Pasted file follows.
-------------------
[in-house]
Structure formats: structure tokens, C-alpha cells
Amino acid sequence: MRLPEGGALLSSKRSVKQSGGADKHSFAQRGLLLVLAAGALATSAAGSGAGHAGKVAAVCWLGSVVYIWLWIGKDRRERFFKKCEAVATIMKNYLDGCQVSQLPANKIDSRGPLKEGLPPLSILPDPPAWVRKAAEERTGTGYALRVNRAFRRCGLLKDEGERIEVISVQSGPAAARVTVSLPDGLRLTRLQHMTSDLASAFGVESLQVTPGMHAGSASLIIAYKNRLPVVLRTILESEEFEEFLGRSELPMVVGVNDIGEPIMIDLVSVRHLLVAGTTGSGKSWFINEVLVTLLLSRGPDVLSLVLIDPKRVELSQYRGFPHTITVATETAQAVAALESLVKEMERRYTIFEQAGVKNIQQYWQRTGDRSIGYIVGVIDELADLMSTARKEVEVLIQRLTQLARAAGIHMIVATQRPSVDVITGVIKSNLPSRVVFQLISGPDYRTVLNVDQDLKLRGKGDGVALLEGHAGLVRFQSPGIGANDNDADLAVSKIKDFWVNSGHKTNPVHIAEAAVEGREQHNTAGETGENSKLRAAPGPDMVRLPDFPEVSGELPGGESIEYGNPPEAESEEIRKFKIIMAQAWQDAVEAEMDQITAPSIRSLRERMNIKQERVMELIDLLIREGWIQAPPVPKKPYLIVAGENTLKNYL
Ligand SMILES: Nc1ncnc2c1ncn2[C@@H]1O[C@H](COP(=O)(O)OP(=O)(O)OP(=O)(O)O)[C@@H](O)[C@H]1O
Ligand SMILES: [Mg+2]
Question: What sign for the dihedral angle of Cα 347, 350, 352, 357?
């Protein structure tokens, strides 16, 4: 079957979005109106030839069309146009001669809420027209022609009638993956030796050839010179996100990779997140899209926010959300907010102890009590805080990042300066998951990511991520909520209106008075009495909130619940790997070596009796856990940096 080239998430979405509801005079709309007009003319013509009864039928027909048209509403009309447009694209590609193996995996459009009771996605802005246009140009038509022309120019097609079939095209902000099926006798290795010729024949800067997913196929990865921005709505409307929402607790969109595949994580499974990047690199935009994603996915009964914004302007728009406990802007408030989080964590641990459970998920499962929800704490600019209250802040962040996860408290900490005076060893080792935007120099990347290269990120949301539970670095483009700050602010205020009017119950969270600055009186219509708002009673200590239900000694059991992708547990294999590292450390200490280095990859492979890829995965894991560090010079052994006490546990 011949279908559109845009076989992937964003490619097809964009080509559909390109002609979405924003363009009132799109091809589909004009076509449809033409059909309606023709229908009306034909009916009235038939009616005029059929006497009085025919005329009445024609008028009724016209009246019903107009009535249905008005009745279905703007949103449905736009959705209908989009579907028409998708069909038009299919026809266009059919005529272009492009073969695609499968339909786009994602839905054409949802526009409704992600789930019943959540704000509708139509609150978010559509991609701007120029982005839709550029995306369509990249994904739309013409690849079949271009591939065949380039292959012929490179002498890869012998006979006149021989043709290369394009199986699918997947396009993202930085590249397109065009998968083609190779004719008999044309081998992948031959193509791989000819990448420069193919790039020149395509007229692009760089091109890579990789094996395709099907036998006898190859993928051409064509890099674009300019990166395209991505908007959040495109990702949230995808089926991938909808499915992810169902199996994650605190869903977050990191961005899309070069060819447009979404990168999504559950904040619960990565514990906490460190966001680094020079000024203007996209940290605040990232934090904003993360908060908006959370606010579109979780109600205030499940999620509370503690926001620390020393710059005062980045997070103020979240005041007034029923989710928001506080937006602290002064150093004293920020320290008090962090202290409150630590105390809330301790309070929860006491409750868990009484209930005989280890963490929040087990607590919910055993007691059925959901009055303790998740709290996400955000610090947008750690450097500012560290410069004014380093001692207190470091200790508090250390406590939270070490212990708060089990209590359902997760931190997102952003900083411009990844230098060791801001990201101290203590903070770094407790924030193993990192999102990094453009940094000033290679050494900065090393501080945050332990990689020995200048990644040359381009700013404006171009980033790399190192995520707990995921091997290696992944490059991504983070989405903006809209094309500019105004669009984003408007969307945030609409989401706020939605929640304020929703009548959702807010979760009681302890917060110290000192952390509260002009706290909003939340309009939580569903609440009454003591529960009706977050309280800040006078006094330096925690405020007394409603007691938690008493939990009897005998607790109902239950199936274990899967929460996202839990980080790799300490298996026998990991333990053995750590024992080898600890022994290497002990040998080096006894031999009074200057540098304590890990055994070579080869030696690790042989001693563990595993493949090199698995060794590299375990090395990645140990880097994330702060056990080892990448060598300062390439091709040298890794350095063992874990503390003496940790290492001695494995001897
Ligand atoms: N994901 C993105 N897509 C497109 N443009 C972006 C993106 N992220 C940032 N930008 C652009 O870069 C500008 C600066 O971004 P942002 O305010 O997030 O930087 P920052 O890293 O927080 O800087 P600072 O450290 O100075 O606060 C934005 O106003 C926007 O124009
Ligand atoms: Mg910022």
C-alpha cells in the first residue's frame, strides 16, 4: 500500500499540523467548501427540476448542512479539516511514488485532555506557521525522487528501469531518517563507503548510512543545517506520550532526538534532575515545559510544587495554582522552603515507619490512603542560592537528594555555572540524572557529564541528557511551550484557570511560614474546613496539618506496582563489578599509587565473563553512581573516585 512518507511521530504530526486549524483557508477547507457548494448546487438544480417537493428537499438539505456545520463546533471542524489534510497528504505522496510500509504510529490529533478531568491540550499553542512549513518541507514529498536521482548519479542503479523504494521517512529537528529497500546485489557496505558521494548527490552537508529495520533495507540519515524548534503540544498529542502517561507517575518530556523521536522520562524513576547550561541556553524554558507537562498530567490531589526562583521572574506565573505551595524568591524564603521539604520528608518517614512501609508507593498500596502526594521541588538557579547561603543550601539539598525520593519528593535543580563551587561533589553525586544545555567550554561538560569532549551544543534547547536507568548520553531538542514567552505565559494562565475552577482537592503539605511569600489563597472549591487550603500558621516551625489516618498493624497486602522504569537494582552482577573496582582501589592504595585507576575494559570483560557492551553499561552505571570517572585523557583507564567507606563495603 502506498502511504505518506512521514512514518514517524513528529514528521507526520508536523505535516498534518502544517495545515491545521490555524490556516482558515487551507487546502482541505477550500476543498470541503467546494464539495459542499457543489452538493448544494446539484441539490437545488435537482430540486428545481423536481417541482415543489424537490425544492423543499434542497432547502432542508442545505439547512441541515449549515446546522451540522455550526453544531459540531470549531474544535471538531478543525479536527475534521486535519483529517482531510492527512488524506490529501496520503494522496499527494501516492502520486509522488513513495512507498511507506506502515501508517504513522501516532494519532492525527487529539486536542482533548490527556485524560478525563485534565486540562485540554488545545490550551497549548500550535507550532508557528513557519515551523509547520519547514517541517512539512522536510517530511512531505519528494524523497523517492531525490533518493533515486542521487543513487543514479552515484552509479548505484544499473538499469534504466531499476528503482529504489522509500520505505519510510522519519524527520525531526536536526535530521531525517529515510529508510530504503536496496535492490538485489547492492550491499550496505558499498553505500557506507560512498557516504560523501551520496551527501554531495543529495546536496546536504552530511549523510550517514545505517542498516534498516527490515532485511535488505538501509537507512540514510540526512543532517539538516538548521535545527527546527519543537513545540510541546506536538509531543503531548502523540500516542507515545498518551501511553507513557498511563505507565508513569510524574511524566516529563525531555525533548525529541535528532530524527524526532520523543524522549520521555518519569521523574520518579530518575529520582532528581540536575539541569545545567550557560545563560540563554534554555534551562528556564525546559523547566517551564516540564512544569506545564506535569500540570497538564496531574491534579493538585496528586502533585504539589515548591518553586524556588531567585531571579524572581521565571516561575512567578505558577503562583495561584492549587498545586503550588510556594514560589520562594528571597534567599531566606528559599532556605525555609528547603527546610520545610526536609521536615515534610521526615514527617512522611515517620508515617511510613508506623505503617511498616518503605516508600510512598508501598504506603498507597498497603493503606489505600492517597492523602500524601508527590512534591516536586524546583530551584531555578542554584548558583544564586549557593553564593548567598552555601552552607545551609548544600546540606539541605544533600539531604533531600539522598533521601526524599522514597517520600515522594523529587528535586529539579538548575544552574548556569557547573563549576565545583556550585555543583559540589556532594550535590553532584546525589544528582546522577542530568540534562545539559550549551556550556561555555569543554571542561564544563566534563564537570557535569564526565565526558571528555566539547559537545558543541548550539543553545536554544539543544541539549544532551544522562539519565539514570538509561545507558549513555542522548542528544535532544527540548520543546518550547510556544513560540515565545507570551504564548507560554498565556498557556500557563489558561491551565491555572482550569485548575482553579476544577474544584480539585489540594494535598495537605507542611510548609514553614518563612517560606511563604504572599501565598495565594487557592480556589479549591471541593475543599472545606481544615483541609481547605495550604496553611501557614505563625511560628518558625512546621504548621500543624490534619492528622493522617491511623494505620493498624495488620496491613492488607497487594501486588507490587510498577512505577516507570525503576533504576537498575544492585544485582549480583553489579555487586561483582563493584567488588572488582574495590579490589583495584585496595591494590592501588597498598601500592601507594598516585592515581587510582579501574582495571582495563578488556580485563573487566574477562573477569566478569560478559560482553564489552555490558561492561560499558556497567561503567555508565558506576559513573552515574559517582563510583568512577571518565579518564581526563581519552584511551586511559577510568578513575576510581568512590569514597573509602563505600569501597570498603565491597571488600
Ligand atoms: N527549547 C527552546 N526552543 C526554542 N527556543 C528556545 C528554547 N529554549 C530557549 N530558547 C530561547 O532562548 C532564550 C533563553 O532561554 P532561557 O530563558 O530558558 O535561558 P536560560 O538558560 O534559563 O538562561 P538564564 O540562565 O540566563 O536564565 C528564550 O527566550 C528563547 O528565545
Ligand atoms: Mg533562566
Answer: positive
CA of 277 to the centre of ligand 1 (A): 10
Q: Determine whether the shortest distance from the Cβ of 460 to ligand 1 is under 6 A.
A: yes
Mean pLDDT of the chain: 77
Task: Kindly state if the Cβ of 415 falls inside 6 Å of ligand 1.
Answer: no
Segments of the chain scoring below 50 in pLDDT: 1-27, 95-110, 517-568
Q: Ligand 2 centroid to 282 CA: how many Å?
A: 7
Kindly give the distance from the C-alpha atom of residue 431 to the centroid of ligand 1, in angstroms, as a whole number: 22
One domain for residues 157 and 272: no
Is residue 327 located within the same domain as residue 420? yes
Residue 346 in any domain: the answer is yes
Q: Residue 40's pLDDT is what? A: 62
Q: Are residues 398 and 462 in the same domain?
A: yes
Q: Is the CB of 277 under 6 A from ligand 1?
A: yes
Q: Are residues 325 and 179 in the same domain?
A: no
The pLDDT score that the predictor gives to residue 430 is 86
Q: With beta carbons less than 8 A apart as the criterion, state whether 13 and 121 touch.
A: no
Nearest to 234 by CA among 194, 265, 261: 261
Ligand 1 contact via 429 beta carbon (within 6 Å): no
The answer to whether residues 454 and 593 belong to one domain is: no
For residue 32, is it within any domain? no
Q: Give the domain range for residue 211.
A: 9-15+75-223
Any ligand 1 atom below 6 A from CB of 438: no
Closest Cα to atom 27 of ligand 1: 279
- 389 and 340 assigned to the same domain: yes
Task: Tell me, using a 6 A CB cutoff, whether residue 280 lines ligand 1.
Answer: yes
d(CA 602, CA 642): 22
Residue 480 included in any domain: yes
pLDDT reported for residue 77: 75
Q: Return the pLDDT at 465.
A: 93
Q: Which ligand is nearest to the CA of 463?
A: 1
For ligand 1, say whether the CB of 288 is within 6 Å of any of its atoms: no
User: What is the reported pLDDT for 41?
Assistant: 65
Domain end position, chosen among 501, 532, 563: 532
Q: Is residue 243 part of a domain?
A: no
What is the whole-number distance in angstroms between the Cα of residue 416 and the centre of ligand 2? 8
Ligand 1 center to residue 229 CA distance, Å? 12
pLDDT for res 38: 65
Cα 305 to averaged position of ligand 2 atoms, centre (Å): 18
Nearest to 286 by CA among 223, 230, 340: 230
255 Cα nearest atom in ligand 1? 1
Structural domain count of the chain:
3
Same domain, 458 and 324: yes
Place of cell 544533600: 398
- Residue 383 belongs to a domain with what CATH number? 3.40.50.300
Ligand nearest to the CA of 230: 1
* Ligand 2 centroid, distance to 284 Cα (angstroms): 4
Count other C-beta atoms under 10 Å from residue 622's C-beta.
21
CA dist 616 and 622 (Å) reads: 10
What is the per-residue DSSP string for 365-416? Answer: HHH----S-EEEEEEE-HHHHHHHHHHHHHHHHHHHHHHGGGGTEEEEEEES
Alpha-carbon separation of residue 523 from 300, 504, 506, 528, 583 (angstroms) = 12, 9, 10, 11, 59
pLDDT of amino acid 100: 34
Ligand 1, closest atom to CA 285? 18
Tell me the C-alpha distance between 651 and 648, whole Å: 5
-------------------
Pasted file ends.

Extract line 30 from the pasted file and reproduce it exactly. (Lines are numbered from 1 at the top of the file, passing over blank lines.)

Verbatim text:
Q: Is the CB of 277 under 6 A from ligand 1?